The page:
Friday, February 23, 2007

Oscar Preview/Predix -- Part III

I'm slowly making my way through the nominees in the direction of the awards that people care about. I'm still on track to cover the four acting categories and best director tomorrow (I promise at least one surprise prediction!) followed by best picture on Sunday, I assuming I decide what film I reckon's gonna win.

Best animated feature film of the year
“Happy Feet”
“Monster House”

What Should Win: I haven't seen "Happy Feet," so I'm already at a disadvantage in this category. I have, however, seen "Cars" and "Monster House." The former was hugely disappointing by Pixar standards, but still superior to the mostly plotless haunted house flick, which was released at the wrong time and probably should have only been seen in 3-D. So am I supposed to say that "Cars" should win? Screw that. Go Penguins!
What Will Win: Some people seem to like "Happy Feet" but Pixar's got all the power. "Cars" wins. I Yawn.

Best foreign language film of the year
“After the Wedding”
“Days of Glory (Indigènes)”
“The Lives of Others”
“Pan’s Labyrinth”

What Should Win: Well, you know that "Pan's Labyrinth" was my favorite film of the year in any language, so what do you think I'm going to pick?
What Will Win: "Pan's Labyrinth," with six nominations, has across-the-board Academy support, plus it's a great movie. The only way it could lose would be to a movie that the Academy thinks is "important," i.e. a Holocaust film or something like that. "The Lives Of Others" is the only other film with a shot, since there are people (not me, but "people") who think it's brilliant. It isn't, however, important. I look forward to hearing Guillermo Del Toro's acceptance speech.

Best documentary feature
“Deliver Us from Evil”
“An Inconvenient Truth”
“Iraq in Fragments”
“Jesus Camp”
“My Country, My Country”

Should Win: Yes, yes. "An Inconvenient Truth" is an important movie that everybody should see and I'm a moron for thinking that as a *movie* it's only so-so. "Deliver Us from Evil," while flawed, is still a shocking and powerful portrait of a pedophile priest and his victims. It's honest and fully realized, even if it over-reaches in its final act.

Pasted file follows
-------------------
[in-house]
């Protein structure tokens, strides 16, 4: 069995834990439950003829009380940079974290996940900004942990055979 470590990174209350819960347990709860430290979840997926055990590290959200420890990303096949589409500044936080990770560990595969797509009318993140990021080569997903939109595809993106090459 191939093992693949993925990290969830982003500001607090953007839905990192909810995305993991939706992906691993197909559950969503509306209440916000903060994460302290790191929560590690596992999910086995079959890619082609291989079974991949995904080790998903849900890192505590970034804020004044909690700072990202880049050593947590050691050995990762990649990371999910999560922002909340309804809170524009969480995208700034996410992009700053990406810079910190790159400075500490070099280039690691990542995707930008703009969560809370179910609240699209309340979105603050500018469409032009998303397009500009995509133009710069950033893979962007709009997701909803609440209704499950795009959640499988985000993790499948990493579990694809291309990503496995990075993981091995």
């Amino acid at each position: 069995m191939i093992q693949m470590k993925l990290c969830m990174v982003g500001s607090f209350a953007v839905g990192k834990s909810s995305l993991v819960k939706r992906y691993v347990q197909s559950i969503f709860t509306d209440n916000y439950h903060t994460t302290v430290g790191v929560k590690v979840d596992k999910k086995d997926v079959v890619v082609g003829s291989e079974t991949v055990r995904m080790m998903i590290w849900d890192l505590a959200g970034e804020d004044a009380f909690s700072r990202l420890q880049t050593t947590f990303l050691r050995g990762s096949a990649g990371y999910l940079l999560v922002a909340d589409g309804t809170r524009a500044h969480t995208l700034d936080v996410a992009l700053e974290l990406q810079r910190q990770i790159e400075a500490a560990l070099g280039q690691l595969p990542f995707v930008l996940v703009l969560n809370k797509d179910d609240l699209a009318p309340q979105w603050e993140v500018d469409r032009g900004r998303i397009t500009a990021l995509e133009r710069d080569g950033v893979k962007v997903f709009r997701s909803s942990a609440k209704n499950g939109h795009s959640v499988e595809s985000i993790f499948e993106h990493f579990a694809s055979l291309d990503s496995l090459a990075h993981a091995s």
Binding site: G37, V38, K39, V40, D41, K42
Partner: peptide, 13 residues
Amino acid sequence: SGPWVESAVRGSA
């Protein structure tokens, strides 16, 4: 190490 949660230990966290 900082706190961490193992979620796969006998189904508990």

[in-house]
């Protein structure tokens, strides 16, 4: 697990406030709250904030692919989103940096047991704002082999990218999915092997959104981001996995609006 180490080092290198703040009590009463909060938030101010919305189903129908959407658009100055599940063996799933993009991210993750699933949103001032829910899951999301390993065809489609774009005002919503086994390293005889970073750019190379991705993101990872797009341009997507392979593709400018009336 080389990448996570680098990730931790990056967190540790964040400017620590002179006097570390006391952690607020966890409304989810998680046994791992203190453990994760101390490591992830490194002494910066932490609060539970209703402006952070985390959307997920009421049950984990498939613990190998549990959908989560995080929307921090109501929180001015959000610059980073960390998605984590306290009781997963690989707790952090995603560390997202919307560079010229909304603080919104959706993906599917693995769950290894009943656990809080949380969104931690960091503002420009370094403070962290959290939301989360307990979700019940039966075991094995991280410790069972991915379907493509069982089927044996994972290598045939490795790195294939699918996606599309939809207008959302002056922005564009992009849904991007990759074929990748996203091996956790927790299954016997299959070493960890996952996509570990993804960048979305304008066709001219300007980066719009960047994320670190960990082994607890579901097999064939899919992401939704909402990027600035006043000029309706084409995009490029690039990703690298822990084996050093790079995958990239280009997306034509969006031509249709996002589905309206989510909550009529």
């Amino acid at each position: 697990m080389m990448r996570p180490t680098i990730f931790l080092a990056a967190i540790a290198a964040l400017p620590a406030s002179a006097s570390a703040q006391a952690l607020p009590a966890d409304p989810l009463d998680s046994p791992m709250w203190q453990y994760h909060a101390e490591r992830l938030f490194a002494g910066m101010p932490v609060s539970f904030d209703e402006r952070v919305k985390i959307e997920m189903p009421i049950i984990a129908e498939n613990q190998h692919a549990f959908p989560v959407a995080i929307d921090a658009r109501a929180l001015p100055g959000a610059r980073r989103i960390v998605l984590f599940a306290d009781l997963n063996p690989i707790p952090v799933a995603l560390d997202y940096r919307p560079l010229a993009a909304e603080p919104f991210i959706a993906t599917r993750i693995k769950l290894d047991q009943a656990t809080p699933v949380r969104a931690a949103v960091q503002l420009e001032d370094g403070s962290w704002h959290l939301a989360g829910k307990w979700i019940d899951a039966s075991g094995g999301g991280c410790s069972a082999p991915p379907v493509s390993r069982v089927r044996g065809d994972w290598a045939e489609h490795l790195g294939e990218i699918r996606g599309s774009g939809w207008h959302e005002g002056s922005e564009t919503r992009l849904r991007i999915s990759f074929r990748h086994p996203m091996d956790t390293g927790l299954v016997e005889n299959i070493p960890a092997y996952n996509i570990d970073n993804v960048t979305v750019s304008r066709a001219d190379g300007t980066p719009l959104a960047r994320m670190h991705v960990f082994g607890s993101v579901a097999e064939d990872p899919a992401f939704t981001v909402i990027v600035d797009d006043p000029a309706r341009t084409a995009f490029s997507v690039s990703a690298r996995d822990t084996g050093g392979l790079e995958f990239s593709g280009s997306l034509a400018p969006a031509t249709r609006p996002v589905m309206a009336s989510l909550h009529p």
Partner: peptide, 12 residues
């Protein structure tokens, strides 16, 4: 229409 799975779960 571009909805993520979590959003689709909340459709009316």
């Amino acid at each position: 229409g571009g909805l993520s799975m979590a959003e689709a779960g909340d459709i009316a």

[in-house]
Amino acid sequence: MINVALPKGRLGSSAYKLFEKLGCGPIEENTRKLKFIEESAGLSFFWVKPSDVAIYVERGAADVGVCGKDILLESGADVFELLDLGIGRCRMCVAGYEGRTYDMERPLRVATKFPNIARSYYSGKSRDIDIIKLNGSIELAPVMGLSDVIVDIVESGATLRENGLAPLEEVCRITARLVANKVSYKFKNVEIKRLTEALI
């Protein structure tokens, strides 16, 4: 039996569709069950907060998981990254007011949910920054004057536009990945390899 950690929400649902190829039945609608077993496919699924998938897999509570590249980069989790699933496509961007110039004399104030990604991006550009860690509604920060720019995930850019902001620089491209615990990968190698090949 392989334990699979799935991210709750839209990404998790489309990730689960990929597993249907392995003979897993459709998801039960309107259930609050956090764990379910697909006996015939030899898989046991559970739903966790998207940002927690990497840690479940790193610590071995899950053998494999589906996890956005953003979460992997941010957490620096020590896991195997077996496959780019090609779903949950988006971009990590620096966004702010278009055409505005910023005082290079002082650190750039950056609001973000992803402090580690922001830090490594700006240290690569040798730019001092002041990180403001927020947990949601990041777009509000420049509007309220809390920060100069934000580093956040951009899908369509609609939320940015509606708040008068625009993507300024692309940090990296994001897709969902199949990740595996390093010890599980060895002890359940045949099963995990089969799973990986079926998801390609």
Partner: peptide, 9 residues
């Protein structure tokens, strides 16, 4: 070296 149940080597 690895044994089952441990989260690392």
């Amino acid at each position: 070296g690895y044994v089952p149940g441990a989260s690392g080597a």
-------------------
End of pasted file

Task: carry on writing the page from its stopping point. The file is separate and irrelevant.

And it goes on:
Will Win: "An Inconvenient Truth" could hardly lose. Then there will be confused people wondering why the director of "Gossip" (David Guggenheim) is picking up the trophy instead of Al Gore.

Adapted screenplay
“Borat Cultural Learnings of America for Make Benefit Glorious Nation of Kazakhstan” Screenplay by Sacha Baron Cohen & Anthony Hines & Peter Baynham & Dan Mazer Story by Sacha Baron Cohen & Peter Baynham & Anthony Hines & Todd Phillips
“Children of Men” Screenplay by Alfonso Cuarón & Timothy J. Sexton and David Arata and Mark Fergus & Hawk Ostby
“The Departed” Screenplay by William Monahan
“Little Children” (New Line) Screenplay by Todd Field & Tom Perrotta
“Notes on a Scandal” Screenplay by Patrick Marber

Should Win: Probably Monahan, though I'm not passionate about the choice. I think Christopher and Jonathan Nolan should have been nominated for "The Prestige," but they weren't.
Will Win: My favorite film in this pack is "Children of Men," but I know its script isn't its biggest strength. Field and Perrotta's adaptation is, honestly, a bit too literal at times. "Notes on a Scandal" is an effective camp-fest, but who gives Oscars to intentional camp? That leaves "Borat" and "The Departed." While you can imagine some younger Oscar voters thinking it'd be cool to see Sacha Baron Cohen et al win this prize (and save the evening with his speech), there's bound to be even more confusion about what the script was adapted from, etc. Monahan wins easily for "The Departed."

Original screenplay
“Babel” Written by Guillermo Arriaga
“Letters from Iwo Jima” Screenplay by Iris Yamashita (Story by Iris Yamashita & Paul Haggis)
“Little Miss Sunshine” Written by Michael Arndt
“Pan’s Labyrinth” Written by Guillermo del Toro
“The Queen” Written by Peter Morgan

Should Win: Guillermo del Toro should win. He doesn't have a chance.
Will Win: This is a really interesting category, actually. Michael Arndt is my guess as the likely winner, despite the fact that his script for "Little Miss Sunshine" is a hideous amalgam of poorly rendered characters, contrived circumstances and indie sap. If the movie works at all, it's because of the actors and not the over-praised script. For shame. Peter Morgan is the most probable alternative for his intelligent, multi-layered "Queen" script, even if I found the movie a bit slight overall. Arriaga's "Babel" script is also dreck, which makes me sad since I thought he deserved a nomination last year for "Three Burials of Melquiades Estrada," a better film in every way.

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